The best and worst receptions, with glorious GIFs and graphs.
At the end of April, I brought back my weekly catcher framing series from 2013 in a new, monthly form (and came back for more after May). I mentioned this then, but as a refresher, here's where you can find catcher receiving stats at Baseball Prospectus:
Time heals all wounds, but in Washington's case, it will also inflict them.
You’d think Bryce Harper’s comeback from his latest long-term injury would be cause for unbridled celebration, and in some contexts, it has been (see the standing ovation Harper received from the fans at Nationals Park before his first plate appearance on Monday). However, the 21-year-old outfielder’s return also been cause for consternation. Harper’s presence, coupled with Ryan Zimmerman’s throwing problems from third, have given the Nats more qualified position players than they have open positions, which has made everyone around the team wonder: Where will they put their surplus player(s)?
Most teams suffer from the opposite issue—too few productive players—so the Nationals’ quandary is an example of the proverbial “good problem to have.” Still, it seems as though there’s no easy answer, and so the discussion has staying power. Twice last month, two weeks apart, I appeared on MLB Network’s MLB Now; both times, Washington’s positional logjam was a featured topic, and both times, the panel was split over what manager Matt Williams should do. The discourse in print hasn’t been much more decisive.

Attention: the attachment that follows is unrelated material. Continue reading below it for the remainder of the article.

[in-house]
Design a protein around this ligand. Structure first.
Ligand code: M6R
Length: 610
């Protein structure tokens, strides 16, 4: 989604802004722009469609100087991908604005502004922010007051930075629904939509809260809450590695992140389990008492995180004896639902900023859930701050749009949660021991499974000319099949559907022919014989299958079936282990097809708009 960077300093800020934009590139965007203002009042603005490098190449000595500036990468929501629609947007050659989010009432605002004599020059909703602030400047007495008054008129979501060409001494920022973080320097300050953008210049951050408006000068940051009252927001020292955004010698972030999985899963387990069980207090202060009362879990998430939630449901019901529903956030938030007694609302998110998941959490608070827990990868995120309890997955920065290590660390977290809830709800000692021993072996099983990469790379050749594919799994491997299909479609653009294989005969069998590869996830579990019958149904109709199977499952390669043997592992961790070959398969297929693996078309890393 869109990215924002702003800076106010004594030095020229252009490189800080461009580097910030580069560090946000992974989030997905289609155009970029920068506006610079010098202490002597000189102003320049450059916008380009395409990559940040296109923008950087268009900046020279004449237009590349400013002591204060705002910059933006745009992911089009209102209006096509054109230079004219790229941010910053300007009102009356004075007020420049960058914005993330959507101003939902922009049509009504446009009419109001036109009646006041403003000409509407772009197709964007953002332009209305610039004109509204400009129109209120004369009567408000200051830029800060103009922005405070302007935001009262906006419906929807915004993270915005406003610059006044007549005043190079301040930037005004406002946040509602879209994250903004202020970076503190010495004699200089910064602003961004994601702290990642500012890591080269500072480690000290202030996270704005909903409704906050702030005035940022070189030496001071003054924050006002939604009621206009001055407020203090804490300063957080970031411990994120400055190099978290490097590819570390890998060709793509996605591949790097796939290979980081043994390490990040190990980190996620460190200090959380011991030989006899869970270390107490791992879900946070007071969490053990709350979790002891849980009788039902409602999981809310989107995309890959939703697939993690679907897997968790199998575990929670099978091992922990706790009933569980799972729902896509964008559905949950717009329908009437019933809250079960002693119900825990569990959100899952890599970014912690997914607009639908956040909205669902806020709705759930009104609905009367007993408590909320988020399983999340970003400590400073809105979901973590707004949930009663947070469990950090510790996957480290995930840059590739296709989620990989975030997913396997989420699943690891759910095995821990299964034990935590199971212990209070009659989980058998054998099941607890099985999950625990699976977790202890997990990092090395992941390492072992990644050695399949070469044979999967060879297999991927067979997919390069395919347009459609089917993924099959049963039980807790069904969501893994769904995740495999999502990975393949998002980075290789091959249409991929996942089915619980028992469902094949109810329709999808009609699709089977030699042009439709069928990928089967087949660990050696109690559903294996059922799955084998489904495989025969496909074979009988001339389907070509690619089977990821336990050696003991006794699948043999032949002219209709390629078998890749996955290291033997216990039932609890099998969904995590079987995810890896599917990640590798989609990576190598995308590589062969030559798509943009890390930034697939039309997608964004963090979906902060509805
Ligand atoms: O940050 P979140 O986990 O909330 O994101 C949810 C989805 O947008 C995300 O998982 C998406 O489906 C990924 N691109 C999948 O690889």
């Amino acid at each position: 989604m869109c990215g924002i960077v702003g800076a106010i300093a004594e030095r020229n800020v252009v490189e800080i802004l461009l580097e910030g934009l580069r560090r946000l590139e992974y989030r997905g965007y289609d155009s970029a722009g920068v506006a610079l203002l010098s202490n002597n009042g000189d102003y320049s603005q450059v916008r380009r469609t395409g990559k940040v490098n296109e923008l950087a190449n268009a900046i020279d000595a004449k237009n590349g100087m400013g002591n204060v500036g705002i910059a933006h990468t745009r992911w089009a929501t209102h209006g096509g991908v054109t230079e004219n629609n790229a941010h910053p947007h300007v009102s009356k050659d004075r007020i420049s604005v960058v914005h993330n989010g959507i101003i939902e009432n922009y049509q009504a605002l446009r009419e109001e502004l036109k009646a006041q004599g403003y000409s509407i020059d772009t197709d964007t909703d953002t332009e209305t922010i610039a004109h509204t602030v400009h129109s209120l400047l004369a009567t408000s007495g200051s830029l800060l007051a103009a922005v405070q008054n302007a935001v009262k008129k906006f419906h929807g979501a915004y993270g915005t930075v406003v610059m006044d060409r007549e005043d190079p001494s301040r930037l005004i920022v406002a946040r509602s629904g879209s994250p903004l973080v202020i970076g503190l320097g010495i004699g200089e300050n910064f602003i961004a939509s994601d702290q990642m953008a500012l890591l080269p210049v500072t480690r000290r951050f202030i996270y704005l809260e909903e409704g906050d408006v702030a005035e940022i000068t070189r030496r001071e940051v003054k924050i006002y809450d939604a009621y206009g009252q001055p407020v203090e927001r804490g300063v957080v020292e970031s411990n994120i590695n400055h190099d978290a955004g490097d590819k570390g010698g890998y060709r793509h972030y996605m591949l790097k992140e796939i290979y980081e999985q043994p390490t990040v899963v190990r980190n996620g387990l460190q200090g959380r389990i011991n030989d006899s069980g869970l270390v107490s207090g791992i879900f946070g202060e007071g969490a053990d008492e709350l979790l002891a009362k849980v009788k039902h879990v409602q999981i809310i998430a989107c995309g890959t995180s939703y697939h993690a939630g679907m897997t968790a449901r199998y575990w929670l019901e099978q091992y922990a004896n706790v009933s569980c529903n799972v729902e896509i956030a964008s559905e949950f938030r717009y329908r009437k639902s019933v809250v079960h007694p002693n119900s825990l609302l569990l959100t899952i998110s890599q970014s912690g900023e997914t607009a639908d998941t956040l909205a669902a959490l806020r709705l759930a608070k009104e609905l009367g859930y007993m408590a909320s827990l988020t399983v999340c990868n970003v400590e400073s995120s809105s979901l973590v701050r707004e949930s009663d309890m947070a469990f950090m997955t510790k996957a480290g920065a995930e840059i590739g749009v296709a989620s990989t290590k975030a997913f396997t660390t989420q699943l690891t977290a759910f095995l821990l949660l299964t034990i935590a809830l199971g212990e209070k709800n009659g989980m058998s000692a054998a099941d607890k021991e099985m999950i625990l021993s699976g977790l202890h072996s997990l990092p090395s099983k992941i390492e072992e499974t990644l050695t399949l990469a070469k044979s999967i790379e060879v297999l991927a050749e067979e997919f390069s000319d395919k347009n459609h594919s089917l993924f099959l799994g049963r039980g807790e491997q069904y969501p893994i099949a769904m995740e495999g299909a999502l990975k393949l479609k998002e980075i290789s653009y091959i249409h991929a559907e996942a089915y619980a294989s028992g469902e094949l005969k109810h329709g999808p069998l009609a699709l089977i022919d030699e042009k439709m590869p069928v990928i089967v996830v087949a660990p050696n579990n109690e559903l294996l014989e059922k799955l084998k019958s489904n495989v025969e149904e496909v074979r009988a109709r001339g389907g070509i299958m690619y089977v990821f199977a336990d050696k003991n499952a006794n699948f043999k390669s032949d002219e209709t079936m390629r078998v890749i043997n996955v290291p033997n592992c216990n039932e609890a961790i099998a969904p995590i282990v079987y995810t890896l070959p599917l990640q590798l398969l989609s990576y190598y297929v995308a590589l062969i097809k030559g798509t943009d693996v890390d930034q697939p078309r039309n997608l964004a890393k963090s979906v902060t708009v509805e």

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Judging by research Baseball Prospectus published in January, we know what internet commenters are willing to trade for David Price: not much, because that’s what many of them think it would take to get a deal done. Of course, it’s much easier to mock the uninformed, biased evaluations that lead to proposals like “Price for Ivan Nova and Zoilo Almonte” than it is to put together a package that might make professional trade partners perk up. As BP commenter mblthd quite reasonably observed at the time:
Ross Detwiler threw 42 straight four-seamers or sinkers on Tuesday. Where does that put him on the consecutive fastball pantheon?
On Tuesday night, the Nationals and Brewers played baseball for well over five hours, calling it quits only after Ryan Zimmerman hit a two-run homer in the 16th inning to put Milwaukee away. Zimmerman, who had two other hits and this diving catch, claimed the headlines, but the game had another hero, albeit one slightly less sung: deposed starter Ross Detwiler, who held the Brewers scoreless from the 10th through the 14th.
Clayton Kershaw's no-hitter had the second-highest Game Score ever. Is that as significant as it sounds?
In the wake of 26-year-old Clayton Kershaw’s dazzling no-hitter last Wednesday, a 26-year-old statistic got its own moment in the sun. When Bill James introduced Game Score in the 1988 Baseball Abstract, he called it “a kind of garbage stat that I present not because it helps us understand anything in particular but because it is fun to play around with.” Unlike Micro Machines and Dolly Surprise, Game Score remains one of our favorite toys in 2014, so it’s safe to say that James undersold it. Despite (or maybe because of) its lack of sophistication, it’s still one of the most intuitive methods we have to convey how effective a given outing is. Thus, it wasn’t long after Kershaw sealed the deal with his 15th strikeout that the internet noticed that his Game Score of 102 was the second-highest ever for an outing of no more than nine innings, behind only Kerry Wood’s 20-strikeout start in 1998, which got a Game Score of 105. (Remove the innings restriction, and Vern Law’s 18-inning effort in 1955 takes the cake.)